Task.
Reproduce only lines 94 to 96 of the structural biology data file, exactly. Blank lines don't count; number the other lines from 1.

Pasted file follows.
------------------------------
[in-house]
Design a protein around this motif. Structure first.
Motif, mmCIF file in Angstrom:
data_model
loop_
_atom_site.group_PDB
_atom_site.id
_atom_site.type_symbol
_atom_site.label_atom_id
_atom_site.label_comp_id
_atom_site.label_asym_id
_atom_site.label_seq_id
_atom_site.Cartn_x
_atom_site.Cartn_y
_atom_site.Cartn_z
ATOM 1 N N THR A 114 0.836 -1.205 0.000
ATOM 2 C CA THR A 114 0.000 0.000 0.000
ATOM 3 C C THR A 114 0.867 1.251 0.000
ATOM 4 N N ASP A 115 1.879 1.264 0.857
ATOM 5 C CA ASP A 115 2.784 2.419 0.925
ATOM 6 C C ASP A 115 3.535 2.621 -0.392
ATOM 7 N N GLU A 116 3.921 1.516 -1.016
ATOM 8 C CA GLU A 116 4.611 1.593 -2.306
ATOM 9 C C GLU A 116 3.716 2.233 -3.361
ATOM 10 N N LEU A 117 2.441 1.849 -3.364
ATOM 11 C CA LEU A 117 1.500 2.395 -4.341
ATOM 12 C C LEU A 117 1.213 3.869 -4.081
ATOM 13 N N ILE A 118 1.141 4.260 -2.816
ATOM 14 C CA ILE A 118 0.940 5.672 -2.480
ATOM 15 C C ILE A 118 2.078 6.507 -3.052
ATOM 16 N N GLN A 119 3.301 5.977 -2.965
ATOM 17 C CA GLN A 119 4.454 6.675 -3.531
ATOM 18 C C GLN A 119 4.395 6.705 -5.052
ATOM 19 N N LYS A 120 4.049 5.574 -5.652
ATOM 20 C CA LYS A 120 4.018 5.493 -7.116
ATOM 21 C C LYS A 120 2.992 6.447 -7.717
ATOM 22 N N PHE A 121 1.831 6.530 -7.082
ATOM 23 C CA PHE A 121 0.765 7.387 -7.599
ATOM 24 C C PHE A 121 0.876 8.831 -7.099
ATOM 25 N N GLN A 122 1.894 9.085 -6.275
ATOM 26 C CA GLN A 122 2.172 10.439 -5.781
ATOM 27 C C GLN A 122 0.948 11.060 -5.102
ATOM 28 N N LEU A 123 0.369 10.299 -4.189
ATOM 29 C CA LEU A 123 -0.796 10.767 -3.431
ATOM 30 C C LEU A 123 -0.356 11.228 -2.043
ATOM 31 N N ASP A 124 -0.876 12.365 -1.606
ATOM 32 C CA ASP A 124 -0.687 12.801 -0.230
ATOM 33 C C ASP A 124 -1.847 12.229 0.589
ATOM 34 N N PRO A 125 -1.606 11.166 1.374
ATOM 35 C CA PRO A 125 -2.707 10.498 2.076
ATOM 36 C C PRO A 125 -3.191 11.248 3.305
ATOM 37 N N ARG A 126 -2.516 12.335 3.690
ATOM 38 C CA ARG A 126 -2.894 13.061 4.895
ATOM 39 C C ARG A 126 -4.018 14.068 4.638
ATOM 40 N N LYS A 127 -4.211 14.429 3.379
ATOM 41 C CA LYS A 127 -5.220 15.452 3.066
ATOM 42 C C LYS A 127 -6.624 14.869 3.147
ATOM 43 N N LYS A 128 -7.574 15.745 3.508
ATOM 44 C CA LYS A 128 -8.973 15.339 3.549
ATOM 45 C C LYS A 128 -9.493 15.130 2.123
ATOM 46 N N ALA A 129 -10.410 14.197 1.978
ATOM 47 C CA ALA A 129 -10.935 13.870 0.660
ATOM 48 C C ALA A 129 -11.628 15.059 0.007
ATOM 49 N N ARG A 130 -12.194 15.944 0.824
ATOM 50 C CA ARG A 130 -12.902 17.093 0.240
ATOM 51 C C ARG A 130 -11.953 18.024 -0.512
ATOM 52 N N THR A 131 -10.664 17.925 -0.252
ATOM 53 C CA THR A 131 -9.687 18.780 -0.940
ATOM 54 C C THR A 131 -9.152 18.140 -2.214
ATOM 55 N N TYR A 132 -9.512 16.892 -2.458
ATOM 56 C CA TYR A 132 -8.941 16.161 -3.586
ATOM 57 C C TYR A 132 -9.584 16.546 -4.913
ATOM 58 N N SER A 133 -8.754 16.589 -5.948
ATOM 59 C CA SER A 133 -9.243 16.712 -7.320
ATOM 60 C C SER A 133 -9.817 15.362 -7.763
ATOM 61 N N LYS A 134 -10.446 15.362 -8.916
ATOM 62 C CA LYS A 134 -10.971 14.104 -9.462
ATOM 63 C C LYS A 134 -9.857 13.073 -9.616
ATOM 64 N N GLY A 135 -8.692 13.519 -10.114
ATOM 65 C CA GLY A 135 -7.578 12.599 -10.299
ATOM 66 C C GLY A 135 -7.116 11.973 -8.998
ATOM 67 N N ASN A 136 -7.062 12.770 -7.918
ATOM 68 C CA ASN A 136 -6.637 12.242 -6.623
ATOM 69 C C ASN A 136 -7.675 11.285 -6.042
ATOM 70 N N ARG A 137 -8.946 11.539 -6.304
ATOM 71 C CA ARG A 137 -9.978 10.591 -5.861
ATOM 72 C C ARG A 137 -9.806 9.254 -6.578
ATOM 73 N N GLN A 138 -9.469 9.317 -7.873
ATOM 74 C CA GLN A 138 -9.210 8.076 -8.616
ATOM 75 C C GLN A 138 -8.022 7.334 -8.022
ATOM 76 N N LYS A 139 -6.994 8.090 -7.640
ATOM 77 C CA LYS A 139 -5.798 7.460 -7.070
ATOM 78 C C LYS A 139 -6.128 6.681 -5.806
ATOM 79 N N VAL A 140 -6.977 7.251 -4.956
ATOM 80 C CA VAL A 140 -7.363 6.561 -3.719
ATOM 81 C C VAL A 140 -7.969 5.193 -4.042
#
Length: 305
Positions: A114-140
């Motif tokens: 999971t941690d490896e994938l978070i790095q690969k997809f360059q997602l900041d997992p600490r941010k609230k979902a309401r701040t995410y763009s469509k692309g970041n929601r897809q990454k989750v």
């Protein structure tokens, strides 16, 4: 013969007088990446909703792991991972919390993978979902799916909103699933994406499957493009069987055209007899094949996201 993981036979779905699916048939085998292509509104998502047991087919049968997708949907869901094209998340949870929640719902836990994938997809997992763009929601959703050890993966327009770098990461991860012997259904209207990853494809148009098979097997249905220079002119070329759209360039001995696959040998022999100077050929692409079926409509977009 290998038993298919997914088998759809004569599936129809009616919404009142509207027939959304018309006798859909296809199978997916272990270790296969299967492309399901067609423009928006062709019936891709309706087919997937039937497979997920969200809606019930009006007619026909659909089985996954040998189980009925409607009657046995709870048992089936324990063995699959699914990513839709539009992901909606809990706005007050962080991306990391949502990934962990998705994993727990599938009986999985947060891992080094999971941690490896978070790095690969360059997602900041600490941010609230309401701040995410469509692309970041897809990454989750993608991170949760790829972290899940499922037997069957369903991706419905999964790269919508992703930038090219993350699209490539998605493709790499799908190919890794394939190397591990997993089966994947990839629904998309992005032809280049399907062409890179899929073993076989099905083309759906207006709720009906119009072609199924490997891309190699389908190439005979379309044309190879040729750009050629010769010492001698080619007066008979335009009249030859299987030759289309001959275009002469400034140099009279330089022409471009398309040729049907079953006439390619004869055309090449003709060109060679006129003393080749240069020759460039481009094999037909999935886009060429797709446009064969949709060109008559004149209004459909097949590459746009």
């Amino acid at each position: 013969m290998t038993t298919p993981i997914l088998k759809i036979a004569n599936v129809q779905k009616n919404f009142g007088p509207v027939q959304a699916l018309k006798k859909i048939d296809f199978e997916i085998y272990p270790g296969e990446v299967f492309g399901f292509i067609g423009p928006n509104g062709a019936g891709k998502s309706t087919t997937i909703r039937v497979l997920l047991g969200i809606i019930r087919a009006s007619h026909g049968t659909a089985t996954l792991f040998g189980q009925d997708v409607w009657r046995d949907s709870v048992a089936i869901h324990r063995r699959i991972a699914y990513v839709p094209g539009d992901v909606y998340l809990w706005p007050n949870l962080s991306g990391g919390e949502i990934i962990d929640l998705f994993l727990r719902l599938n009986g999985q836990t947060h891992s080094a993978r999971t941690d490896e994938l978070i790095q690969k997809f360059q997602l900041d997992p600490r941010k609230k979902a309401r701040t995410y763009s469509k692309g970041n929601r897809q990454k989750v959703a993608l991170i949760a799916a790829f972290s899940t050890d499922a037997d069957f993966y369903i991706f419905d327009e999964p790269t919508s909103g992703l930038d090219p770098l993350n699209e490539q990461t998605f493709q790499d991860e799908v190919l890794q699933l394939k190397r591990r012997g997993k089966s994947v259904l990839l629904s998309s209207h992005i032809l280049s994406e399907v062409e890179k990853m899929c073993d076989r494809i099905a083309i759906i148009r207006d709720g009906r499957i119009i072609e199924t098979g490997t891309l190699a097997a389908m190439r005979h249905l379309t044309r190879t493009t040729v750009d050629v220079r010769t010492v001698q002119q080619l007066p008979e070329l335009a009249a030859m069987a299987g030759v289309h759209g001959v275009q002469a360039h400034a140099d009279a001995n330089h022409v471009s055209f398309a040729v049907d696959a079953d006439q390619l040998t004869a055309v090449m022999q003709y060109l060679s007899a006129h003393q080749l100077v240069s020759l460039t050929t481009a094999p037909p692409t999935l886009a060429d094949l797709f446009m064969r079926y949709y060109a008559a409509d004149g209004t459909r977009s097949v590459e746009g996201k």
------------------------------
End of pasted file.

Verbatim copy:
ATOM 79 N N VAL A 140 -6.977 7.251 -4.956
ATOM 80 C CA VAL A 140 -7.363 6.561 -3.719
ATOM 81 C C VAL A 140 -7.969 5.193 -4.042